The Best Craft Beer in New England

Best Craft Beer in New England

Photo by Sam Kaplan

1. Farmhouse Ale/Saison: Jack D’Or

Pretty Things Beer and Ale Project, Somerville
Traditional saisons are rustic “farmhouse” beers: unfiltered, dry, and way too easy to drink. While Jack D’Or isn’t meant to be the spitting image of its European counterparts (the brewer calls it a “saison Americain”), with a bright-but-not-bitter hops flavor, crisp mouth feel, and subtle tartness, it captures the spirit of its Belgian predecessors impeccably.
Runner-up: Mystic Brewery Saison

2. Imperial/Strong Ale: Audacity of Hops

Cambridge Brewing Company, Cambridge
With its potent 8 percent alcohol content and generously piney nose (owing to the 10 hop varieties used), this Belgian-style IPA has a name that rings true. At the same time, it’s surprisingly subdued. Bonus: Though CBC has long been draft only, they’re now bottling this ale for sale at other retailers.
Runner-up: Long Trail Brewing Company Double Bag Ale

3. Pale Ale: Steel Rail Extra Pale Ale

Berkshire Brewing Company, South Deerfield
Though mild and light-bodied, it has just a bit more heft than a session ale — in other words, we’re as likely to sip it fireside at a ski lodge as we are to gulp it on a sweaty summer day. With moderate hops, a faint citrus aroma, and a bit of breadiness, it’s a beer you can pair with practically any cuisine.
Runner-up: Maine Beer Company Peeper Ale

4. Porter: Porter Square Porter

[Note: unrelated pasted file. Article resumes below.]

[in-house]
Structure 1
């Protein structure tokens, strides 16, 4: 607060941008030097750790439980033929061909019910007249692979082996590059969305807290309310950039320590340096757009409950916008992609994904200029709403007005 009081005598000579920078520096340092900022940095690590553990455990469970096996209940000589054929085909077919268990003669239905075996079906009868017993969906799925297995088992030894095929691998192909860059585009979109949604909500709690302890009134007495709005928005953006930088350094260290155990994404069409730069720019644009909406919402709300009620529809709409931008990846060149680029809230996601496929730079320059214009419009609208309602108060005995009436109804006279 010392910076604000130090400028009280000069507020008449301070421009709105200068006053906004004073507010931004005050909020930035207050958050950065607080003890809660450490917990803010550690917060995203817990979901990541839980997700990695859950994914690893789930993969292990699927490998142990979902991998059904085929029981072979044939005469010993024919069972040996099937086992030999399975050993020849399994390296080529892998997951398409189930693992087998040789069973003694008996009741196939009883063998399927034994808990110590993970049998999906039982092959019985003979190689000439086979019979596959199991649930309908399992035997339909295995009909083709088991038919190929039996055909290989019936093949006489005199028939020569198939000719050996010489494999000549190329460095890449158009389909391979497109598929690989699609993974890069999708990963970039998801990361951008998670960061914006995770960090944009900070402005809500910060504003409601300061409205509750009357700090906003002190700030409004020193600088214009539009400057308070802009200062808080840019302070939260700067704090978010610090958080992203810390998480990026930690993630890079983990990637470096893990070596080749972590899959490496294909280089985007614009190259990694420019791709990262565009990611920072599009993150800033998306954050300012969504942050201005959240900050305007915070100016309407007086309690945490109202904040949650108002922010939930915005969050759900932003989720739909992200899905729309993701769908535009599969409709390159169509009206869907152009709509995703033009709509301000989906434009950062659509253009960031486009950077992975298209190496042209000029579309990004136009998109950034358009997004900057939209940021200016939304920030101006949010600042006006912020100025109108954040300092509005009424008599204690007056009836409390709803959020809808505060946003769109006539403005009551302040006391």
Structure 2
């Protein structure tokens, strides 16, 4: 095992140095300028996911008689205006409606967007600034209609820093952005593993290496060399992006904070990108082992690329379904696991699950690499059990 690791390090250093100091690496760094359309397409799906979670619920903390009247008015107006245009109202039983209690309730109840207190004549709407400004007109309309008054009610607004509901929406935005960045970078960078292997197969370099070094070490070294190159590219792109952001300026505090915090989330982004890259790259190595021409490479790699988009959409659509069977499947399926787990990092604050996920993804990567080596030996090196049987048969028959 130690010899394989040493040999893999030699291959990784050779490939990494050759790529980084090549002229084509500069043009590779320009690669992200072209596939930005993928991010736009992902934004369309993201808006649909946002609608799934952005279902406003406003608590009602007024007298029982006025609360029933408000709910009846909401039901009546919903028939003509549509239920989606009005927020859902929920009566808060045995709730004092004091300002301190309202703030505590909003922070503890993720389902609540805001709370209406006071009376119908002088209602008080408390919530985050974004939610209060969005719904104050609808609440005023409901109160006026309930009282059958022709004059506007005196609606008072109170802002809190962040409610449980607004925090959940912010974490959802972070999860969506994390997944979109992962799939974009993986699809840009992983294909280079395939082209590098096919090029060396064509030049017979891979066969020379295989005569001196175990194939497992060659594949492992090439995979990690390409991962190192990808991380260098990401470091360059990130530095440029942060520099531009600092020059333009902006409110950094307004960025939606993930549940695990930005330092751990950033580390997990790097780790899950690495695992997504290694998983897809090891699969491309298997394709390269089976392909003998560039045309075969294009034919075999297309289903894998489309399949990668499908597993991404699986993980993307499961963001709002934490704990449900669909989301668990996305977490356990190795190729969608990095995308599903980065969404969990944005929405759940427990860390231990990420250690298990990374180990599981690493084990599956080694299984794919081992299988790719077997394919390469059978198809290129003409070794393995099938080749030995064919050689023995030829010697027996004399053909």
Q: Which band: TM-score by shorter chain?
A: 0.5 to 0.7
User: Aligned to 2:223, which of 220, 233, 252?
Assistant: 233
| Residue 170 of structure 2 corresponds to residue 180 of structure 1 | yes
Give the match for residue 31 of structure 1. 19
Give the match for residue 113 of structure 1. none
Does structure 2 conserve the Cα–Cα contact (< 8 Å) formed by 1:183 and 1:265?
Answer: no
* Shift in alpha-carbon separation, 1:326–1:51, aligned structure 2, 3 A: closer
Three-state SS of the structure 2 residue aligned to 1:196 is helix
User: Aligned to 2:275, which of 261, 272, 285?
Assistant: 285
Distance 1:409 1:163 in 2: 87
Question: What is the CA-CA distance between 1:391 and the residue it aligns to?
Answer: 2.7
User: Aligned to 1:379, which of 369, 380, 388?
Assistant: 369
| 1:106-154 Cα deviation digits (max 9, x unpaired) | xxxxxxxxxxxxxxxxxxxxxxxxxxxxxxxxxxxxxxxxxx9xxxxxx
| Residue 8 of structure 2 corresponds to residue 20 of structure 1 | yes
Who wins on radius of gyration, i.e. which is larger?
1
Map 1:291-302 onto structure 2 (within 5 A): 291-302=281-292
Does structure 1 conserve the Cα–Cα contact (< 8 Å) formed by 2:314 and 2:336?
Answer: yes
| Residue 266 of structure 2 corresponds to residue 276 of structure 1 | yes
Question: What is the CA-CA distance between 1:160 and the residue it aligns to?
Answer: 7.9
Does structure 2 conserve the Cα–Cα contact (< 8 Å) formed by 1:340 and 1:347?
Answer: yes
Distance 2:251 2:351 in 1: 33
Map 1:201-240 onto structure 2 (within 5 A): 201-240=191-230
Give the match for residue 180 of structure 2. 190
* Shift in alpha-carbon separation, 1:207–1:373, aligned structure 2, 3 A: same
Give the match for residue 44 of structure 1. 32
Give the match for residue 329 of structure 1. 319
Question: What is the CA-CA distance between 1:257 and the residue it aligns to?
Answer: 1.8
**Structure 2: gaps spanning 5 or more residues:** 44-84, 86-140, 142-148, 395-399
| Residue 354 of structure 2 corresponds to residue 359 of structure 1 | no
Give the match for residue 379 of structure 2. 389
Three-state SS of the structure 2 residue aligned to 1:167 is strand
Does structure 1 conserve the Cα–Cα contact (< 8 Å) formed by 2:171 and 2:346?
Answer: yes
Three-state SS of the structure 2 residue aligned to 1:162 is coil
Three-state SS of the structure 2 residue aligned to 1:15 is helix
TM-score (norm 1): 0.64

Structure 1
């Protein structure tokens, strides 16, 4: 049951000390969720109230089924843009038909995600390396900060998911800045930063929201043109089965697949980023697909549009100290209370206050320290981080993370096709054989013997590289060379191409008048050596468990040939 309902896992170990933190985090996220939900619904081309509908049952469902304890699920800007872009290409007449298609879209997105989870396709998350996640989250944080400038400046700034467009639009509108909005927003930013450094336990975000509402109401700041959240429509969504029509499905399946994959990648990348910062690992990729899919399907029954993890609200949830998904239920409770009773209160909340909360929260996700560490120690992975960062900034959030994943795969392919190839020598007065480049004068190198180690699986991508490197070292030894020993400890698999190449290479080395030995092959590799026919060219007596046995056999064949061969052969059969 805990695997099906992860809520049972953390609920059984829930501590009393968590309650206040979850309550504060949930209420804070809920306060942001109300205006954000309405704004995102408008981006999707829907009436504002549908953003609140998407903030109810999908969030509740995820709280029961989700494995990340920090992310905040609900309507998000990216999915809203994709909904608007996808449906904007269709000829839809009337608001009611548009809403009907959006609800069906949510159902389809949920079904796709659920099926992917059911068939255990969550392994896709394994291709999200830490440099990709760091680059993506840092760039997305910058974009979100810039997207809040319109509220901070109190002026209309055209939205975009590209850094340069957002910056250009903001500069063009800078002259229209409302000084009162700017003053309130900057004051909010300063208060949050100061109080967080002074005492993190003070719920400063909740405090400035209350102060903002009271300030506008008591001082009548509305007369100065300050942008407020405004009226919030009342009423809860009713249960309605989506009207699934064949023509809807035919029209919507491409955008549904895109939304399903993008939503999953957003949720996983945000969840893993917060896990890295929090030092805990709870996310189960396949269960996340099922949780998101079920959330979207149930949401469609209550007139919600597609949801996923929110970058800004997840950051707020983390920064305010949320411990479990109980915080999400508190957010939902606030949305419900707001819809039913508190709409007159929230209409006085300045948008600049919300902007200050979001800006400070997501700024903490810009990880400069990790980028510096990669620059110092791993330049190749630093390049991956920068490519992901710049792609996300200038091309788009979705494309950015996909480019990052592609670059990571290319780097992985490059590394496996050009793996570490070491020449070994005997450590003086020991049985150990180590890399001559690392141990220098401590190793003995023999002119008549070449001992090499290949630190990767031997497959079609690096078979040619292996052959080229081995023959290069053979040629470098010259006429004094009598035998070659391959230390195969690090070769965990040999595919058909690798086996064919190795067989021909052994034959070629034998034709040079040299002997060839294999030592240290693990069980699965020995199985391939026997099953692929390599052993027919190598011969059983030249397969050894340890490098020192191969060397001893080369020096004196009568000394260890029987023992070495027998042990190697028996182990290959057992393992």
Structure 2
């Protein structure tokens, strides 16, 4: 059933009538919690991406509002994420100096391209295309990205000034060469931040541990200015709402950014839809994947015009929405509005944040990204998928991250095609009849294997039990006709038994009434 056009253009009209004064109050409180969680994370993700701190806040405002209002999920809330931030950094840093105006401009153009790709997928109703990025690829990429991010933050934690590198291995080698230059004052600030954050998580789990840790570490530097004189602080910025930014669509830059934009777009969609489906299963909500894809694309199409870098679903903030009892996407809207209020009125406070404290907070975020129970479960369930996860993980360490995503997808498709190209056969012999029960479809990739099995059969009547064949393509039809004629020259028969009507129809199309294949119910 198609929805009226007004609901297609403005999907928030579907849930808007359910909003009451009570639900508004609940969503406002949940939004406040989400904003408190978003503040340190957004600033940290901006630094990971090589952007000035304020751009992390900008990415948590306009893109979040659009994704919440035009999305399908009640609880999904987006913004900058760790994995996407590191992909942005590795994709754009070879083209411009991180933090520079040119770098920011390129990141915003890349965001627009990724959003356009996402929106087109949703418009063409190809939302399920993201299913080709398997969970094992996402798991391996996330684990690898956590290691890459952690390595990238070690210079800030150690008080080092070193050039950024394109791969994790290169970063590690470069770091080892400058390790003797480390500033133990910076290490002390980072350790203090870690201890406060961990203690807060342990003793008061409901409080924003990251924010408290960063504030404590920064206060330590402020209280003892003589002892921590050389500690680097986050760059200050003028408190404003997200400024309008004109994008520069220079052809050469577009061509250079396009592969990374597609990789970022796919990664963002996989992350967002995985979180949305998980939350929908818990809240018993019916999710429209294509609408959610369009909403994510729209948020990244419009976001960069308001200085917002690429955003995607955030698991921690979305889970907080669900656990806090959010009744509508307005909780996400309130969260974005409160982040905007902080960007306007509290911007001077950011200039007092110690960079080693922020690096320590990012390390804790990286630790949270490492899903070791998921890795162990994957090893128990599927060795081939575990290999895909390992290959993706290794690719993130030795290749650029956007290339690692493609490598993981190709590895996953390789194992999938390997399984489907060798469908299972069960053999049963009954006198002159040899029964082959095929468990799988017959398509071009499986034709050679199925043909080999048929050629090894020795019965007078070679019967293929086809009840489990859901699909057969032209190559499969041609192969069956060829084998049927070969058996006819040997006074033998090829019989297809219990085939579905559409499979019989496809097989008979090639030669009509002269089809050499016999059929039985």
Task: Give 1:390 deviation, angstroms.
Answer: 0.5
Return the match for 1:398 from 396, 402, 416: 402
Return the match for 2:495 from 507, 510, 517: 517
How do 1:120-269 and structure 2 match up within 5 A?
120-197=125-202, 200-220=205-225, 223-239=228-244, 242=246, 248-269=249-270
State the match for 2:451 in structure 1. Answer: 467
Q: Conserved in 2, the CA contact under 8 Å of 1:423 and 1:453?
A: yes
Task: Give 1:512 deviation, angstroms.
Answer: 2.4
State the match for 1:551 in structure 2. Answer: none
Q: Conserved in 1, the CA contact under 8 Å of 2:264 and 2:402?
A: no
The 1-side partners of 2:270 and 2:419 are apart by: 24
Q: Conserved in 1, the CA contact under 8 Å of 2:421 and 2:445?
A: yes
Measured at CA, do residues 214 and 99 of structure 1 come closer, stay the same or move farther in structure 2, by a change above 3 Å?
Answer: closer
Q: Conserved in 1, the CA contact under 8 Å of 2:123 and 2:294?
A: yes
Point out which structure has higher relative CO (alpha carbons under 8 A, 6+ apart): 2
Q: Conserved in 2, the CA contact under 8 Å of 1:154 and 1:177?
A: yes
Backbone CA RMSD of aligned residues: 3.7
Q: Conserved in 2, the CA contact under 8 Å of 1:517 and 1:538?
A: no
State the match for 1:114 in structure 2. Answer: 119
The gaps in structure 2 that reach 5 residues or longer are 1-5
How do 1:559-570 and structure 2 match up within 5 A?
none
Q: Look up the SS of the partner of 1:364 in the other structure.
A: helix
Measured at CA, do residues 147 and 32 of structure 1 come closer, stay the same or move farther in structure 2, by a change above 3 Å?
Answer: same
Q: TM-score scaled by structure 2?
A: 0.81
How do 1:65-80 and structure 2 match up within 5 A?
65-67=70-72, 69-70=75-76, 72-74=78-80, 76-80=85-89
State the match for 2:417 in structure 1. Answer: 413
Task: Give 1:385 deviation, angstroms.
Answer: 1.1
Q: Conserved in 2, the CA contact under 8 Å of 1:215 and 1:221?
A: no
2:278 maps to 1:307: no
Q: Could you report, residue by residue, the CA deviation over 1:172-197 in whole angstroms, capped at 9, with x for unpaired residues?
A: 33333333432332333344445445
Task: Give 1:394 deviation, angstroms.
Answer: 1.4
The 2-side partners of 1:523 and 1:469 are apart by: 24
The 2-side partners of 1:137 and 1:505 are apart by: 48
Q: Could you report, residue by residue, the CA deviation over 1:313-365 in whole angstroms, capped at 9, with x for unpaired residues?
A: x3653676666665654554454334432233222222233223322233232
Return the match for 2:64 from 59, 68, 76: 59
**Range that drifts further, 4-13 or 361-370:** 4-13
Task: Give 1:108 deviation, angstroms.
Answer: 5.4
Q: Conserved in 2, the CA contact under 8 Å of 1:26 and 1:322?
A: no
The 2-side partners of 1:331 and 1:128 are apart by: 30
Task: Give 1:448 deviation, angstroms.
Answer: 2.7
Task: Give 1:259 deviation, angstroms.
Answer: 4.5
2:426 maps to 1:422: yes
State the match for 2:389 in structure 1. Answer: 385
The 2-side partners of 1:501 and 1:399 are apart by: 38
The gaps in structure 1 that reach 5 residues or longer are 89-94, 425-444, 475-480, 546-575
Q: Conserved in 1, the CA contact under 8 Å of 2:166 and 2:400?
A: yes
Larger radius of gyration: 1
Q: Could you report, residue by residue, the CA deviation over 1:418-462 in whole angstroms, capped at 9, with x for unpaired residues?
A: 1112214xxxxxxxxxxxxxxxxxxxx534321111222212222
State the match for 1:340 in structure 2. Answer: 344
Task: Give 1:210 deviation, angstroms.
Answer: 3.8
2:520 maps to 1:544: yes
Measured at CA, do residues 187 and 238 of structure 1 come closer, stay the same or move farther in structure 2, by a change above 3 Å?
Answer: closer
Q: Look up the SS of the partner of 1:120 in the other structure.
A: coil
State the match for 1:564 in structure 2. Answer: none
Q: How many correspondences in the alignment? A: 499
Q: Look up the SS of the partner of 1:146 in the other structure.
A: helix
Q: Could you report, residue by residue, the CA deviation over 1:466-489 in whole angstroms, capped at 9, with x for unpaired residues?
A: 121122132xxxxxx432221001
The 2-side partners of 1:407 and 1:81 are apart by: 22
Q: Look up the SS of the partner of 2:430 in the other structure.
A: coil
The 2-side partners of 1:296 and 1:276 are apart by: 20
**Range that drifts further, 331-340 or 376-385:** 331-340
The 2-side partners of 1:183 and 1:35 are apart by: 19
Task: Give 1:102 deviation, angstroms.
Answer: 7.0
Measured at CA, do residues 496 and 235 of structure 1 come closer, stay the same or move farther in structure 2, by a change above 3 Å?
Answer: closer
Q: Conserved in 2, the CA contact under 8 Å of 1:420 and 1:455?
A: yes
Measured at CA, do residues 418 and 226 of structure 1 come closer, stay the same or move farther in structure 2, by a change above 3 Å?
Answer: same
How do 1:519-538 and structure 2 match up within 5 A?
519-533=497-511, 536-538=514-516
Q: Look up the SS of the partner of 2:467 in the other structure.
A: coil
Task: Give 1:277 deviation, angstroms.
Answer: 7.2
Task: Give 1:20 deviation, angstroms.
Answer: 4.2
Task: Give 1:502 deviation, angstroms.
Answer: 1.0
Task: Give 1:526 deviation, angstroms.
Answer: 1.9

Slumbrew, Somerville
The experimental branch of Somerville Brewing Company, Slumbrew teamed up with its neighbors at Taza Chocolate to create this complex porter loaded with coffee and chocolate flavors. (They use Taza cacao nibs in the conditioning process.) Skip dessert and order one of these instead.
Runner-up: Otter Creek Brewing Stovepipe Porter

5. English Pale/Bitter Ale: Old Thumper

Shipyard Brewing Company, Portland, Maine
Fun fact: Bitter was a term used in ye olde England to differentiate pale ales from their sweeter, less-hoppy counterparts, such as mild ales and porters. This beer, originally created by Ringwood Brewery in England (the brewer there mentored Shipyard’s Alan Pugsley), has a malty backbone with a fruity nose.
Runner-up: Redhook ESB

6. Belgian-Style Tripel/Quad: Baby Tree

Pretty Things Beer and Ale Project, Somerville
Though Pretty Things stopped using dried plums in its Baby Tree recipe last summer, its burnt-sugar aroma, smooth taste, and notes of sweet, dried fruit on the finish are still hallmarks of this incomparable abbey-style ale. Peppery top notes, a medium body, and a dark, coppery-brown color add to its delightful richness.
Runner-up: Allagash Brewing Company Tripel

7. Brown Ale: Dark Ale

Ipswich Ale Brewery, Ipswich
If you think you don’t like brown ales — or that you can’t drink them in the summer — pick up a sixer of the Dark Ale from Ipswich Ale Brewery, a.k.a. Mercury Brewing Company. Totally smooth with a medium body, it has toffee and dark-fruit flavors that make it the perfect companion to anything char-grilled.
Runner-up: Wolaver’s Organic Brewing Brown Ale

8. Stout: Mean Old Tom

Maine Beer Company, Portland, Maine